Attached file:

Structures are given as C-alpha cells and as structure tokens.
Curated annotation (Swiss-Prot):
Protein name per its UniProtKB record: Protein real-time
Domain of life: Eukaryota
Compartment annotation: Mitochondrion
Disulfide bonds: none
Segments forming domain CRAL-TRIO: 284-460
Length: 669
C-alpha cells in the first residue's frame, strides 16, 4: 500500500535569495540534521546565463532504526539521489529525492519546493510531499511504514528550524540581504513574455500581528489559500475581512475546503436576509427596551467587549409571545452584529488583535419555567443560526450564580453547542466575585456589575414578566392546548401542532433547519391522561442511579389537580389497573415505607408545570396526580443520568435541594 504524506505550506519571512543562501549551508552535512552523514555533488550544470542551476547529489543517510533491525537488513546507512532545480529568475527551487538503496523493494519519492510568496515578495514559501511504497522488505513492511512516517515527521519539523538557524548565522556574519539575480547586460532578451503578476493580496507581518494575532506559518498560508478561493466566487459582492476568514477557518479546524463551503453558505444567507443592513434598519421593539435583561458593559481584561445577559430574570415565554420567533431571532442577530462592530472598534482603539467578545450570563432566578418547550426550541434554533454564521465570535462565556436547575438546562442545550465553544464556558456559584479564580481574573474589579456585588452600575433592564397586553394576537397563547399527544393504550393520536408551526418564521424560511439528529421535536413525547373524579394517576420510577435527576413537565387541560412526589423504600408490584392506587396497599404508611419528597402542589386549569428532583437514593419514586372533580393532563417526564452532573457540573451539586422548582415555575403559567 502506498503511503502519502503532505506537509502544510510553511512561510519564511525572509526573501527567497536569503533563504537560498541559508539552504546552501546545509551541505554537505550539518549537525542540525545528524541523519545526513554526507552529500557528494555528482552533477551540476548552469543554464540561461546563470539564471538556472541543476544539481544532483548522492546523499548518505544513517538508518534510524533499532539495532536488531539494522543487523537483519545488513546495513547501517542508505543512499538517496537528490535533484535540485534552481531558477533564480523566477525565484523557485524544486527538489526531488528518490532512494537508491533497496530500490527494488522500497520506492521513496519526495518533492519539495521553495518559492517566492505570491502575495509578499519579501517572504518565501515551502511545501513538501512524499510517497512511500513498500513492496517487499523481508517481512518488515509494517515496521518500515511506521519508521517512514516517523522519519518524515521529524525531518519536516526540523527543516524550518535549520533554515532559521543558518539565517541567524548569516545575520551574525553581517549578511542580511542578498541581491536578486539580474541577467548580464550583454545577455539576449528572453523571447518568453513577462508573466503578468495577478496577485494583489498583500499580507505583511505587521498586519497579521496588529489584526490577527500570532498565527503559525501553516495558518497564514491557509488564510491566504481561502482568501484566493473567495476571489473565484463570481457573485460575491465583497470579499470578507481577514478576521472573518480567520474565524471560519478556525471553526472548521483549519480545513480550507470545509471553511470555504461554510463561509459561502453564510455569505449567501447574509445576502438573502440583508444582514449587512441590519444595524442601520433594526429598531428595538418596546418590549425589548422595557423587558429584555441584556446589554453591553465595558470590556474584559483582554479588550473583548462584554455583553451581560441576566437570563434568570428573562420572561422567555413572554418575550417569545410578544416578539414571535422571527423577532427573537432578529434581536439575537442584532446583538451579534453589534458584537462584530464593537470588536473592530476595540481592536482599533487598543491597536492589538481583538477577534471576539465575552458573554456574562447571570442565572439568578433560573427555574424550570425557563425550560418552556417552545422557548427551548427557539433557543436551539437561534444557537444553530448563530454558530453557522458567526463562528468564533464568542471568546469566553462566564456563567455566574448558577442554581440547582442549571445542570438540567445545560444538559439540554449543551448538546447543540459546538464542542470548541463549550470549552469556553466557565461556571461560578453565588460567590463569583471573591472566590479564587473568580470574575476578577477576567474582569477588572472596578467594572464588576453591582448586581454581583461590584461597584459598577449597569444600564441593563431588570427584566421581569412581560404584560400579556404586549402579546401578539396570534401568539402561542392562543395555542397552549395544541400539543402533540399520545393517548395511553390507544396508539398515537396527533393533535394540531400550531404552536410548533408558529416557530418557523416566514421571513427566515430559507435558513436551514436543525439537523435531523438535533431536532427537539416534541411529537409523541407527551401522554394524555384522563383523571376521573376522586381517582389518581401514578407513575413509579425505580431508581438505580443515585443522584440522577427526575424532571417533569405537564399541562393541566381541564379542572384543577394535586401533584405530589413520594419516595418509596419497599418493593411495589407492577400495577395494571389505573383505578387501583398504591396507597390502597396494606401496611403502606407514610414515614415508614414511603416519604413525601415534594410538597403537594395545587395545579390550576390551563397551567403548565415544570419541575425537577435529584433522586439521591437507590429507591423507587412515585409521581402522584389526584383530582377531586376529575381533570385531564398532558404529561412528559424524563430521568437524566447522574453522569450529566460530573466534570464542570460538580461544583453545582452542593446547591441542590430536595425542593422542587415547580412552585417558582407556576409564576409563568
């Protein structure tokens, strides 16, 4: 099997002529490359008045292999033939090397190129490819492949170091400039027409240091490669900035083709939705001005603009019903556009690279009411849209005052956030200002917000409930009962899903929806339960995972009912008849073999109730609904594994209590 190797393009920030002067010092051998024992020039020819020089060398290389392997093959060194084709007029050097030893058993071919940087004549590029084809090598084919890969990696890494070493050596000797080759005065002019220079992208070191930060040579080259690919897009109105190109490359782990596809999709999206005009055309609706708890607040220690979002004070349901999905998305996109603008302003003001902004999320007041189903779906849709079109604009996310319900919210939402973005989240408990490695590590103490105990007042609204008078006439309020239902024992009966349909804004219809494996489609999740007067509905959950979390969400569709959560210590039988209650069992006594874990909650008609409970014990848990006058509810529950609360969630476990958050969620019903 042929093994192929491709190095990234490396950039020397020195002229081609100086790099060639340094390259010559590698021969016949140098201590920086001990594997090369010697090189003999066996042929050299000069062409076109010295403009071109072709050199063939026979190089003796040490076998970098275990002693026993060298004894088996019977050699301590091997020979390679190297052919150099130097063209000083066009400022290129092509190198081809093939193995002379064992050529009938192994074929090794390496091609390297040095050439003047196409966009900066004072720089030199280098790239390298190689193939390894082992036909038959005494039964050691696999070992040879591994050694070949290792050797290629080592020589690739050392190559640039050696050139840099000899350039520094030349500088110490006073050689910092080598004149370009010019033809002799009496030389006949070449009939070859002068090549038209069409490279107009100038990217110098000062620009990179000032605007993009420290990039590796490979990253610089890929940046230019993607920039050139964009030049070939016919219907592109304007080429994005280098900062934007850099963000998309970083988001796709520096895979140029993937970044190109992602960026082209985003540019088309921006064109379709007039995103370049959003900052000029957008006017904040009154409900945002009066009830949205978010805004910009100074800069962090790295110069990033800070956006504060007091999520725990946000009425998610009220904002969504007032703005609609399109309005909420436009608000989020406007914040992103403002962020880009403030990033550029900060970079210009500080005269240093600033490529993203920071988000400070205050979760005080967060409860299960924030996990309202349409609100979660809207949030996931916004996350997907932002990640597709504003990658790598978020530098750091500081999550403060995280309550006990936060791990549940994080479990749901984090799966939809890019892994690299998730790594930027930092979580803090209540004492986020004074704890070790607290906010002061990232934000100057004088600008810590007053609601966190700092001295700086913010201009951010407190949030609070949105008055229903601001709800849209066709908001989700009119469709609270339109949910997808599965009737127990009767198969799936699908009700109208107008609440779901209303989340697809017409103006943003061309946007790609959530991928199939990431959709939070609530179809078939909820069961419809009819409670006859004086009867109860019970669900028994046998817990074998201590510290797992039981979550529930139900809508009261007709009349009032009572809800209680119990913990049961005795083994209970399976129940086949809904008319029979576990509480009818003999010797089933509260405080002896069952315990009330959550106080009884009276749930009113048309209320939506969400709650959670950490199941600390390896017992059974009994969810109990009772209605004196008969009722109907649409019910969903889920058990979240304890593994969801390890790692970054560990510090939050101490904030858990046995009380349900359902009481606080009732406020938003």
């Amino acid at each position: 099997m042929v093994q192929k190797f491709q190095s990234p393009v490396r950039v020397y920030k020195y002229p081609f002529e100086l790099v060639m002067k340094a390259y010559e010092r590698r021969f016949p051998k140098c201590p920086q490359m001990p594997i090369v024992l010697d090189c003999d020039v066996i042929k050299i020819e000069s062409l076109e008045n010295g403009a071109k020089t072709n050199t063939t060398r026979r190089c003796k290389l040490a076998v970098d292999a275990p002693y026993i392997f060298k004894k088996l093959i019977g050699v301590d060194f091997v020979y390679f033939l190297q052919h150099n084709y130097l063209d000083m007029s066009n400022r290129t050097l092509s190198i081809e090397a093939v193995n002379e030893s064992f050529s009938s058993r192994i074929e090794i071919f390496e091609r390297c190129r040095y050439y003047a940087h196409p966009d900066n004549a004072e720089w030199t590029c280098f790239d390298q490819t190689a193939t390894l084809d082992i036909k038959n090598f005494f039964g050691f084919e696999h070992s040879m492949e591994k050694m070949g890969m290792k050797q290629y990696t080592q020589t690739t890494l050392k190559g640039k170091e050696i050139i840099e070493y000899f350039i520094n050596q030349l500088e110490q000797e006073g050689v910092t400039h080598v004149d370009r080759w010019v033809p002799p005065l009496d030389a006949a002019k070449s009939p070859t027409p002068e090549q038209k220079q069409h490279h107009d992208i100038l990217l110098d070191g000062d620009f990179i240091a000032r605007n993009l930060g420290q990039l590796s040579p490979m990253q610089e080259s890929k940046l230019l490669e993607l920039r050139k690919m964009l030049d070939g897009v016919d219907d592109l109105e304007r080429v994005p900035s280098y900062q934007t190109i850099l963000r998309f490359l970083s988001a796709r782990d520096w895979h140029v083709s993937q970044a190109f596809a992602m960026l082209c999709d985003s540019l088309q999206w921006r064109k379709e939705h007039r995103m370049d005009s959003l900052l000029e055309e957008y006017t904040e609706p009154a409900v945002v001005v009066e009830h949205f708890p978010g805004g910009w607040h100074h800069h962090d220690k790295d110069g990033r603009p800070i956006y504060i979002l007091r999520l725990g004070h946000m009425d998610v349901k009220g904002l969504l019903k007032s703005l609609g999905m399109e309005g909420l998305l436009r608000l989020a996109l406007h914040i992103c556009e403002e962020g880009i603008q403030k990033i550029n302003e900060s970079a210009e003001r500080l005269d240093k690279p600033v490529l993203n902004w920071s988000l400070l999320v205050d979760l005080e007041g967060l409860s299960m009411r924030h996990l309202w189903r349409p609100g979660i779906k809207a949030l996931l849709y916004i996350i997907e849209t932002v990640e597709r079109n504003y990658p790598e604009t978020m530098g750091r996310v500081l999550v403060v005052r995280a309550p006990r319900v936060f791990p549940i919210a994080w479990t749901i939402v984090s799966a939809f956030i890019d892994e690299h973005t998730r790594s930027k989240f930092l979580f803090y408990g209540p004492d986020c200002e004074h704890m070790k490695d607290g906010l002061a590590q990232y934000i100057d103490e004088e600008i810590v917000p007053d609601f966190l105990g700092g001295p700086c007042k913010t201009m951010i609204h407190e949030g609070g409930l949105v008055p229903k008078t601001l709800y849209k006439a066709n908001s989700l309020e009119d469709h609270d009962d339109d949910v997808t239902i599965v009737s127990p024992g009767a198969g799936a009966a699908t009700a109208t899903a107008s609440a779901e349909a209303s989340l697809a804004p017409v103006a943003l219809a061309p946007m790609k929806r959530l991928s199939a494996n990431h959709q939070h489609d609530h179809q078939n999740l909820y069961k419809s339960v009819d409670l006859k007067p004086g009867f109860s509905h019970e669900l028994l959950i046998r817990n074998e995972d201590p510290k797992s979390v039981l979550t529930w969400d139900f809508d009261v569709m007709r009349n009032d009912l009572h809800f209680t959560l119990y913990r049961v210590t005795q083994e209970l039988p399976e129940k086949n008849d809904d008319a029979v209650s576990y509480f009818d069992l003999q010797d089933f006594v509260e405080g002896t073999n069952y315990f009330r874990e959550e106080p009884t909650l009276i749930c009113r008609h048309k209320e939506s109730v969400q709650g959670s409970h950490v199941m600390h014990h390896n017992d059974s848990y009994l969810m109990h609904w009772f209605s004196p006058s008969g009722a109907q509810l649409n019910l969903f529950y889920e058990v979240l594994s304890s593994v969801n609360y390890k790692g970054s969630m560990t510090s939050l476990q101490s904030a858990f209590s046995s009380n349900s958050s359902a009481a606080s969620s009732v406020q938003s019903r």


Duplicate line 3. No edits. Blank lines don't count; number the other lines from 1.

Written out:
Protein name per its UniProtKB record: Protein real-time